Why Canberra Will Ignore Trump’s Gaffes

Written by:
19 May 2017
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Originally Appeared In

It’s every intelligence chief’s nightmare – a phone call announcing the unexpected disclosure of highly sensitive secrets.

The stakes are high: intelligence methods potentially compromised; future access to vital intelligence on terrorist plots and other threats jeopardised; diplomatic relations with allies and partners strained; and, in some cases, the lives of agents put at risk.

Alarm bells clearly rang at the highest levels of the US national security apparatus following President Donald Trump’s ill-advised Oval Office meeting with the Russian foreign minister, Sergei Lavrov. Based initially on well sourced leaks and then confirmed in his own tweets, the President told Lavrov the United States had highly sensitive intelligence about a terrorist plot to attack airliners using explosives concealed in laptop computers (which in March led the US and Britain to ban laptops from carry-on luggage on certain routes from the Middle East).

According to media reports, senior White House officials contacted the CIA and the National Security Agency, the US eavesdropping organisation, after the meeting. They must have been difficult conversations, particularly given the highly charged relationship between the Trump White House and the American intelligence community.

Of course intelligence disclosures, while damaging and unfortunate, are a fact of life. After this one occurred the relevant US agencies would have swung immediately into damage control. They would have conducted a rapid assessment of the harm done, including to the intelligence-sharing relationship with the country that provided the material – in this case reportedly Israel.

The Israeli government is relieved to see the back of the Obama administration, which it saw as hopelessly naive about the threat posed by Iran; but presumably this incident will create at least a little awkwardness during Trump’s visit next week.

Losing access to further information on a major terrorist threat such as this one could obviously be immensely costly, but national security adviser HR McMaster – widely regarded as a man of integrity – has said no details of intelligence sources or methods were disclosed.

US agency chiefs would also have had the unwelcome task of telling their Israeli counterparts what had happened and reassuring them that the United States can still be trusted to protect their secrets.

President Trump is correct when he says that he has the authority to share intelligence with other leaders. But this episode is disturbing, for three reasons.

The first is that Trump seems to have disclosed the intelligence not as part of a deliberate decision-making process after consultation with his senior officials but impulsively on the spur of the moment – reportedly as a boast about US capabilities. That can only feed concerns about his judgment, temperament, and fitness to be commander-in-chief.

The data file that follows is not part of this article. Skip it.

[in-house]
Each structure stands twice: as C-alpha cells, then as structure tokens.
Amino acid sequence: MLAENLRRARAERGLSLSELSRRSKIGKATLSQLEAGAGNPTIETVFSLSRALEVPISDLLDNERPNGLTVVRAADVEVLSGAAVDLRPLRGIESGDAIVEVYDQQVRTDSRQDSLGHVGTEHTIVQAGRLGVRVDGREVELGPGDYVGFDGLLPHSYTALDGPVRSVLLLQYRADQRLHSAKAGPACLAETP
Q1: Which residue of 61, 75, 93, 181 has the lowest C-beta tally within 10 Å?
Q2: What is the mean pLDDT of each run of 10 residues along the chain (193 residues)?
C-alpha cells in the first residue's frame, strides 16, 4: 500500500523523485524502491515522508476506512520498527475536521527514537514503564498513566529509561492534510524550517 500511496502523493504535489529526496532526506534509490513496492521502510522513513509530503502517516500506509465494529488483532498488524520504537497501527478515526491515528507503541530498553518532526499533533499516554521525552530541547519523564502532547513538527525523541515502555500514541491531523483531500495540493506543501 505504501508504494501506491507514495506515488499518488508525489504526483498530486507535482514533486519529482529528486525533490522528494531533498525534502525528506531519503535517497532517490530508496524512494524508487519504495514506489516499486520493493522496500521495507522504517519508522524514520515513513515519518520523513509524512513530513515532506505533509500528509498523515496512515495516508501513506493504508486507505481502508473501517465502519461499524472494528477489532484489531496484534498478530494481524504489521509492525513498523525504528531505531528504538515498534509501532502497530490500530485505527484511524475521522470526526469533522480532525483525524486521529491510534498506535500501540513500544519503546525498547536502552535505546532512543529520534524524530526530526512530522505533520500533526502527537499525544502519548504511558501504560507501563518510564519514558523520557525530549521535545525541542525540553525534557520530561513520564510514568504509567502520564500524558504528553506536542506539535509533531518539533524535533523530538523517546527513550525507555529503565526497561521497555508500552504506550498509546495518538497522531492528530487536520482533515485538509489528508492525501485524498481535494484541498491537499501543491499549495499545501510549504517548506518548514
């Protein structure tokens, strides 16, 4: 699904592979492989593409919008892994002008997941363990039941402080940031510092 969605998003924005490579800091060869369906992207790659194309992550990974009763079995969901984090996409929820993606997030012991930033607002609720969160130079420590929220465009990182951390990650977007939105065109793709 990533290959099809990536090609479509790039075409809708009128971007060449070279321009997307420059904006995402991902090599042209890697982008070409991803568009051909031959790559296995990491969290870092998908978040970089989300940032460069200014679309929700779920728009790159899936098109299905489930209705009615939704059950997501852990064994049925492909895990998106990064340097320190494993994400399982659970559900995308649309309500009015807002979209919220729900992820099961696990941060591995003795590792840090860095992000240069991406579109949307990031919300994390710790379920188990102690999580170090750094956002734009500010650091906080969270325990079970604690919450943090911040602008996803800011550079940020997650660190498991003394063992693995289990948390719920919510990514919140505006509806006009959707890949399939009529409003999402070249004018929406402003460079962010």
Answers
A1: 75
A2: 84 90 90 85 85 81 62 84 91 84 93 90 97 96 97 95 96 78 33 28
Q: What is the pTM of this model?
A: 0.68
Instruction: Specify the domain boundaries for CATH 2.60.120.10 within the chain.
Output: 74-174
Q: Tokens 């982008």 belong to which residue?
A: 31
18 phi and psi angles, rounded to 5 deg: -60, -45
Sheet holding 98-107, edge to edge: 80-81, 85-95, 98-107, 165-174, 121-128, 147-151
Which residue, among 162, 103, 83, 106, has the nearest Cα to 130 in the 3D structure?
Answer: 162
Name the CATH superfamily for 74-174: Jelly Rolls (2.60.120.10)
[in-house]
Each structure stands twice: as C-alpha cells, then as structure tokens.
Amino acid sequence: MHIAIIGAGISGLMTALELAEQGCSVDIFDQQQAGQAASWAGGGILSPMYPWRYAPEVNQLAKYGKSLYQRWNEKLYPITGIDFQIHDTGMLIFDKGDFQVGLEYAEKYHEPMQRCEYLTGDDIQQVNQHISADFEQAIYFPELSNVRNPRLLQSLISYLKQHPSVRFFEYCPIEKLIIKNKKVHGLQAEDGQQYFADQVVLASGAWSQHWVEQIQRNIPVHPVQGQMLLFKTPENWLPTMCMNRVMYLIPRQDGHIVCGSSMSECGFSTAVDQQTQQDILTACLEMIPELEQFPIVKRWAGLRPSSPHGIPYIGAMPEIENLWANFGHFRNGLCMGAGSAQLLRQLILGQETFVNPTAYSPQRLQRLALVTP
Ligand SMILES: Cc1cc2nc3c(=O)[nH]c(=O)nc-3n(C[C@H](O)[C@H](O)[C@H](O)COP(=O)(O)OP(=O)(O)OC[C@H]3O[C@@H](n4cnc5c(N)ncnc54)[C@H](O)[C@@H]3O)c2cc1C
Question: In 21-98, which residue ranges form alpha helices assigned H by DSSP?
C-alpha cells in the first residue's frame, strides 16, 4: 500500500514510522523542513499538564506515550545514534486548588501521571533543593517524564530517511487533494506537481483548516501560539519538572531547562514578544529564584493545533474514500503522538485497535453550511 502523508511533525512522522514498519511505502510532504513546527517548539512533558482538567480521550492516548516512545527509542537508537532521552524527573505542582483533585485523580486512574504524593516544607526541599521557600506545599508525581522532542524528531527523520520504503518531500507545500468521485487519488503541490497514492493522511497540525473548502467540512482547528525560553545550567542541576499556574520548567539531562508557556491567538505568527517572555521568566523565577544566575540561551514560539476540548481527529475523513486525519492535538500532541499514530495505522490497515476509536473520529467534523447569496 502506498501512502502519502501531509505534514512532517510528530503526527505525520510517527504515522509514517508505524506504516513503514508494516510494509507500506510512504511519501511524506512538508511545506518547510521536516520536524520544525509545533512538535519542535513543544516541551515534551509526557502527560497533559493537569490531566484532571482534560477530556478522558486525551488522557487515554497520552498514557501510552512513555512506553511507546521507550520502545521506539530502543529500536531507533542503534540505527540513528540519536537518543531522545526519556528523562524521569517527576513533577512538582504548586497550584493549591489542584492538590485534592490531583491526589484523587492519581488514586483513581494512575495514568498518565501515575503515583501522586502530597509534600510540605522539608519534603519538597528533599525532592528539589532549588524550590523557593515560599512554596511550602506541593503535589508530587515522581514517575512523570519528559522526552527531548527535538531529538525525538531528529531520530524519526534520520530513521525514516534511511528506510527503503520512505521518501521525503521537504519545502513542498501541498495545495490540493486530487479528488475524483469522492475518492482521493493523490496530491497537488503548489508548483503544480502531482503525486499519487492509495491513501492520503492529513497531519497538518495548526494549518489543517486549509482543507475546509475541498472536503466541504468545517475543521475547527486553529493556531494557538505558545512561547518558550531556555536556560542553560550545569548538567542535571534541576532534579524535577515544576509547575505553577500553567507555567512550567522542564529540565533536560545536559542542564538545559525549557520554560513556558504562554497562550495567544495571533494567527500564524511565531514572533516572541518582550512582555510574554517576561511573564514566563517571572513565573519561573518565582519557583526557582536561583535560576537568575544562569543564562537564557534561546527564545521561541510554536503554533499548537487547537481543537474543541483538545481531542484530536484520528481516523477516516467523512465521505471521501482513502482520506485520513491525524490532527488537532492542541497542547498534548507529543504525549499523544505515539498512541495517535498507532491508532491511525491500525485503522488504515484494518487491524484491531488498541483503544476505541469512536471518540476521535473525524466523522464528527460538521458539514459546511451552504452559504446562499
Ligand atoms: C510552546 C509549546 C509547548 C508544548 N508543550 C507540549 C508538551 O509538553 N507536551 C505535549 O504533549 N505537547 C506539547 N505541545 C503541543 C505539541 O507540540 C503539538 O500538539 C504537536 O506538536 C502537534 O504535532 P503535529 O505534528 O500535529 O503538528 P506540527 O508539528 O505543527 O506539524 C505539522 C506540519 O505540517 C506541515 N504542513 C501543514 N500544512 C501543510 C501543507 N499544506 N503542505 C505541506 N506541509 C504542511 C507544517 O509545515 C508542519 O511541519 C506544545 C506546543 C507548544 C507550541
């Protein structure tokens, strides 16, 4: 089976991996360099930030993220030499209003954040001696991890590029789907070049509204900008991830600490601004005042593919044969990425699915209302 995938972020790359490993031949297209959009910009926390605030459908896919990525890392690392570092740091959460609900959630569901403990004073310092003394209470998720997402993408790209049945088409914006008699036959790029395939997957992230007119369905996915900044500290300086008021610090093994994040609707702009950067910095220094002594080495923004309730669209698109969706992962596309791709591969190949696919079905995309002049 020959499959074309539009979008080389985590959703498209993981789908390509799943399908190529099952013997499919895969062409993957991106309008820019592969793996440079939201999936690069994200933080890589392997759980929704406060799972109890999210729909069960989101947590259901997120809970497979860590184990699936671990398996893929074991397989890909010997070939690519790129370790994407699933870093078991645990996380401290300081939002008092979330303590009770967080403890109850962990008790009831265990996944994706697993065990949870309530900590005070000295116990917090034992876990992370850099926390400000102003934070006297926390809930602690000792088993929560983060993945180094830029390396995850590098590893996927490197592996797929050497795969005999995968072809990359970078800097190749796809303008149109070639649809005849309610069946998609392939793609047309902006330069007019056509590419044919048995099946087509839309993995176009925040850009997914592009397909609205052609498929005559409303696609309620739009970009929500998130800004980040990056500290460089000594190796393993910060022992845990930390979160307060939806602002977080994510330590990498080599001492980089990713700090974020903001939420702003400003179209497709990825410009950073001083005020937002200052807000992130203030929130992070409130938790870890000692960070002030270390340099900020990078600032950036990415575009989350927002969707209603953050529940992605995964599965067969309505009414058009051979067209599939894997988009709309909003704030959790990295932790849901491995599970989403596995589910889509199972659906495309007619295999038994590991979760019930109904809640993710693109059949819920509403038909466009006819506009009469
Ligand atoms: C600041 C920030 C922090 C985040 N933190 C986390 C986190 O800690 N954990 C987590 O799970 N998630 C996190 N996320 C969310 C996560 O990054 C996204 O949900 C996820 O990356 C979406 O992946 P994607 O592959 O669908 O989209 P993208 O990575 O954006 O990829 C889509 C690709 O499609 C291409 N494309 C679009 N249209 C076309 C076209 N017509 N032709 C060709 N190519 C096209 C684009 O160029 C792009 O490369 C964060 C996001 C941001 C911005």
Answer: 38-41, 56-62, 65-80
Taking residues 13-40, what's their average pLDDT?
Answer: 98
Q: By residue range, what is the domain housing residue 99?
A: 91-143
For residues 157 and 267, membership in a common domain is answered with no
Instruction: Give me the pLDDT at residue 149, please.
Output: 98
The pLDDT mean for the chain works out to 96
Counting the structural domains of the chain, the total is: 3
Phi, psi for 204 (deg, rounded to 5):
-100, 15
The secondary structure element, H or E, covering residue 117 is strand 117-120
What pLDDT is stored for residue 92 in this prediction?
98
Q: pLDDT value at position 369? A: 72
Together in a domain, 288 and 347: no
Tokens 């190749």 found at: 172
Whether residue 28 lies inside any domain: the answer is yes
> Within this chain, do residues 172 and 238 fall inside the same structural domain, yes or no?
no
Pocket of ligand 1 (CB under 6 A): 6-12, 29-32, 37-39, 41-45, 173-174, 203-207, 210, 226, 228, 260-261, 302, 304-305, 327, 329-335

The second reason is that it is pretty clear the President passed on the intelligence without first consulting the government that provided it. This is a grave breach of intelligence-sharing practice. If it is repeated and becomes a pattern, it will make other partners, including the other “Five Eyes” countries, nervous about sharing their secrets. Ultimately it can only undermine the mutual trust that lies at the heart of effective intelligence co-operation. The consequences for efforts to combat global terrorism and other threats such as North Korea would be severe.

The third reason to be disturbed is that Trump shared the intelligence with Russia, of all countries. At a minimum the fact he did so the day after he fired the director of the FBI and himself linked that decision to his unhappiness with the Bureau’s investigation into his administration’s Russia links demonstrates poor political judgment. But the more fundamental concern is Trump’s failure to appreciate that, far from being a dependable partner, Russia is working aggressively to undermine American interests and the liberal international order more broadly, whether in Europe or the Middle East or by interfering in the US election.

For all this, however, the responses of Australia and other key US intelligence partners will be measured.

Our intelligence relationship with the United States is simply too important to be put at risk. Australia’s intelligence agencies are highly regarded and we make a valuable contribution. But we get far more out of the intelligence partnership than we put in, including information affecting Australian interests from all around the world and access to sophisticated US collection systems we could never afford to replicate on our own.

Australian law enforcement and security services depend on intelligence from the United States and other partners to disrupt terrorist attacks here and abroad. Intelligence informs our diplomacy. The Australian Defence Force simply could not operate the way it does in the era of networked warfare without our deep and longstanding intelligence links with the US.

More than 70 years ago Australians and Americans worked together to crack Japan’s codes and helped win the Pacific War. In a world facing so many new threats those ties are as important as ever.

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